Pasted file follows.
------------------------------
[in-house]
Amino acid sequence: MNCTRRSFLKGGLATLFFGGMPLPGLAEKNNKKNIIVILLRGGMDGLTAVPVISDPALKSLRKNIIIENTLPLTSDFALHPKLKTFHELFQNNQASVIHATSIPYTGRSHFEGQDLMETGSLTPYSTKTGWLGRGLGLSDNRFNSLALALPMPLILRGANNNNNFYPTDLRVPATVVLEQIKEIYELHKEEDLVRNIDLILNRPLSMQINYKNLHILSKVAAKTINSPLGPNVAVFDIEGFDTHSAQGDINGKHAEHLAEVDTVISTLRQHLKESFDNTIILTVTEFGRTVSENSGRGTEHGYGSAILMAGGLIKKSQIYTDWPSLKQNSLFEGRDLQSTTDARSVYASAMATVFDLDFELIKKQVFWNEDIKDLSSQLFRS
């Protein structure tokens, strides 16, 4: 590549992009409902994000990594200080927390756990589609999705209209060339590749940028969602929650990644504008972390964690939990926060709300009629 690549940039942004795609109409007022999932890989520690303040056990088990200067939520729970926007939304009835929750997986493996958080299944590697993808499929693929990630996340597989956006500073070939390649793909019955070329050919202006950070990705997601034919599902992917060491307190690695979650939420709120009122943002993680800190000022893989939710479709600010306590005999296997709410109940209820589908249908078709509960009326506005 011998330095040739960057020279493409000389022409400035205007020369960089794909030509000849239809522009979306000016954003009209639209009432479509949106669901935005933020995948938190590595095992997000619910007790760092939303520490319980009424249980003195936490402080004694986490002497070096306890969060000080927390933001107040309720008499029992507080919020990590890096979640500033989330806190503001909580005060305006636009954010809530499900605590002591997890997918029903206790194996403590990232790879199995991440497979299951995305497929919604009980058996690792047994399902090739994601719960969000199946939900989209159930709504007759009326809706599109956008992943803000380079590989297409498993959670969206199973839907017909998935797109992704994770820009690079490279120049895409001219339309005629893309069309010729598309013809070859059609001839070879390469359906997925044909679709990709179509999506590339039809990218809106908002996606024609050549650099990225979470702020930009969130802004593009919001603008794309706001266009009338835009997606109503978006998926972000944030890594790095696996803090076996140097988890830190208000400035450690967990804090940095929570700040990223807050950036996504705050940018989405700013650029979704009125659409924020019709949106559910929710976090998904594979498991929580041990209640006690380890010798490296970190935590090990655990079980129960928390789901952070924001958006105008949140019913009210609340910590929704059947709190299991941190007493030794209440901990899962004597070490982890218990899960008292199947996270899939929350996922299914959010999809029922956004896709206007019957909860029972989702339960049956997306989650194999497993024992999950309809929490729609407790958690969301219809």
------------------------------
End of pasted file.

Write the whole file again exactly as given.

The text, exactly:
[in-house]
Amino acid sequence: MNCTRRSFLKGGLATLFFGGMPLPGLAEKNNKKNIIVILLRGGMDGLTAVPVISDPALKSLRKNIIIENTLPLTSDFALHPKLKTFHELFQNNQASVIHATSIPYTGRSHFEGQDLMETGSLTPYSTKTGWLGRGLGLSDNRFNSLALALPMPLILRGANNNNNFYPTDLRVPATVVLEQIKEIYELHKEEDLVRNIDLILNRPLSMQINYKNLHILSKVAAKTINSPLGPNVAVFDIEGFDTHSAQGDINGKHAEHLAEVDTVISTLRQHLKESFDNTIILTVTEFGRTVSENSGRGTEHGYGSAILMAGGLIKKSQIYTDWPSLKQNSLFEGRDLQSTTDARSVYASAMATVFDLDFELIKKQVFWNEDIKDLSSQLFRS
């Protein structure tokens, strides 16, 4: 590549992009409902994000990594200080927390756990589609999705209209060339590749940028969602929650990644504008972390964690939990926060709300009629 690549940039942004795609109409007022999932890989520690303040056990088990200067939520729970926007939304009835929750997986493996958080299944590697993808499929693929990630996340597989956006500073070939390649793909019955070329050919202006950070990705997601034919599902992917060491307190690695979650939420709120009122943002993680800190000022893989939710479709600010306590005999296997709410109940209820589908249908078709509960009326506005 011998330095040739960057020279493409000389022409400035205007020369960089794909030509000849239809522009979306000016954003009209639209009432479509949106669901935005933020995948938190590595095992997000619910007790760092939303520490319980009424249980003195936490402080004694986490002497070096306890969060000080927390933001107040309720008499029992507080919020990590890096979640500033989330806190503001909580005060305006636009954010809530499900605590002591997890997918029903206790194996403590990232790879199995991440497979299951995305497929919604009980058996690792047994399902090739994601719960969000199946939900989209159930709504007759009326809706599109956008992943803000380079590989297409498993959670969206199973839907017909998935797109992704994770820009690079490279120049895409001219339309005629893309069309010729598309013809070859059609001839070879390469359906997925044909679709990709179509999506590339039809990218809106908002996606024609050549650099990225979470702020930009969130802004593009919001603008794309706001266009009338835009997606109503978006998926972000944030890594790095696996803090076996140097988890830190208000400035450690967990804090940095929570700040990223807050950036996504705050940018989405700013650029979704009125659409924020019709949106559910929710976090998904594979498991929580041990209640006690380890010798490296970190935590090990655990079980129960928390789901952070924001958006105008949140019913009210609340910590929704059947709190299991941190007493030794209440901990899962004597070490982890218990899960008292199947996270899939929350996922299914959010999809029922956004896709206007019957909860029972989702339960049956997306989650194999497993024992999950309809929490729609407790958690969301219809």